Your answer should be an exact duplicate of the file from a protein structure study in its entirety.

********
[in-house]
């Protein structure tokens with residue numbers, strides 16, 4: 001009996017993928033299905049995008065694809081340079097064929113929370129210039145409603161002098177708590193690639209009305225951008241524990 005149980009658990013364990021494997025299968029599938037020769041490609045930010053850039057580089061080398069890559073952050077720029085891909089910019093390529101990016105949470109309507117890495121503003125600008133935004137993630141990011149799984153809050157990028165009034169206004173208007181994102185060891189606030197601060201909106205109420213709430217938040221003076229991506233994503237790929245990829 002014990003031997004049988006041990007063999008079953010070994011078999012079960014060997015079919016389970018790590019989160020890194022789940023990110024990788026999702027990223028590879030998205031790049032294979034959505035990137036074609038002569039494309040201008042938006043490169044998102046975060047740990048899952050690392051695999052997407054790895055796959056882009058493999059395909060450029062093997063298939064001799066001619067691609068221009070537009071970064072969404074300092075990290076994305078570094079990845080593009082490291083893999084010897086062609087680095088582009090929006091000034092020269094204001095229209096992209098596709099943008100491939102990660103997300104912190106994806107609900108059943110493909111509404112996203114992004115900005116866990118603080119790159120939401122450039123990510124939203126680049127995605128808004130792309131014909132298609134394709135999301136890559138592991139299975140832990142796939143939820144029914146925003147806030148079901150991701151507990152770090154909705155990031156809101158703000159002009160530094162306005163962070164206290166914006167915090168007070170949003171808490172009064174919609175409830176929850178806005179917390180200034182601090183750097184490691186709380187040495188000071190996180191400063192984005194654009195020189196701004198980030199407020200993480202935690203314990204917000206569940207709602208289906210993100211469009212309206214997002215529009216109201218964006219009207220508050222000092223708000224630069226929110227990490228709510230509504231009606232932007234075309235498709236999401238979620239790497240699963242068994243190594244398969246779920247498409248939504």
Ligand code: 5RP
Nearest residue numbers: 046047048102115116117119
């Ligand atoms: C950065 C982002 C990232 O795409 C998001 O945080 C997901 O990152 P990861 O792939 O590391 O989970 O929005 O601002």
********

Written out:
[in-house]
């Protein structure tokens with residue numbers, strides 16, 4: 001009996017993928033299905049995008065694809081340079097064929113929370129210039145409603161002098177708590193690639209009305225951008241524990 005149980009658990013364990021494997025299968029599938037020769041490609045930010053850039057580089061080398069890559073952050077720029085891909089910019093390529101990016105949470109309507117890495121503003125600008133935004137993630141990011149799984153809050157990028165009034169206004173208007181994102185060891189606030197601060201909106205109420213709430217938040221003076229991506233994503237790929245990829 002014990003031997004049988006041990007063999008079953010070994011078999012079960014060997015079919016389970018790590019989160020890194022789940023990110024990788026999702027990223028590879030998205031790049032294979034959505035990137036074609038002569039494309040201008042938006043490169044998102046975060047740990048899952050690392051695999052997407054790895055796959056882009058493999059395909060450029062093997063298939064001799066001619067691609068221009070537009071970064072969404074300092075990290076994305078570094079990845080593009082490291083893999084010897086062609087680095088582009090929006091000034092020269094204001095229209096992209098596709099943008100491939102990660103997300104912190106994806107609900108059943110493909111509404112996203114992004115900005116866990118603080119790159120939401122450039123990510124939203126680049127995605128808004130792309131014909132298609134394709135999301136890559138592991139299975140832990142796939143939820144029914146925003147806030148079901150991701151507990152770090154909705155990031156809101158703000159002009160530094162306005163962070164206290166914006167915090168007070170949003171808490172009064174919609175409830176929850178806005179917390180200034182601090183750097184490691186709380187040495188000071190996180191400063192984005194654009195020189196701004198980030199407020200993480202935690203314990204917000206569940207709602208289906210993100211469009212309206214997002215529009216109201218964006219009207220508050222000092223708000224630069226929110227990490228709510230509504231009606232932007234075309235498709236999401238979620239790497240699963242068994243190594244398969246779920247498409248939504």
Ligand code: 5RP
Nearest residue numbers: 046047048102115116117119
């Ligand atoms: C950065 C982002 C990232 O795409 C998001 O945080 C997901 O990152 P990861 O792939 O590391 O989970 O929005 O601002």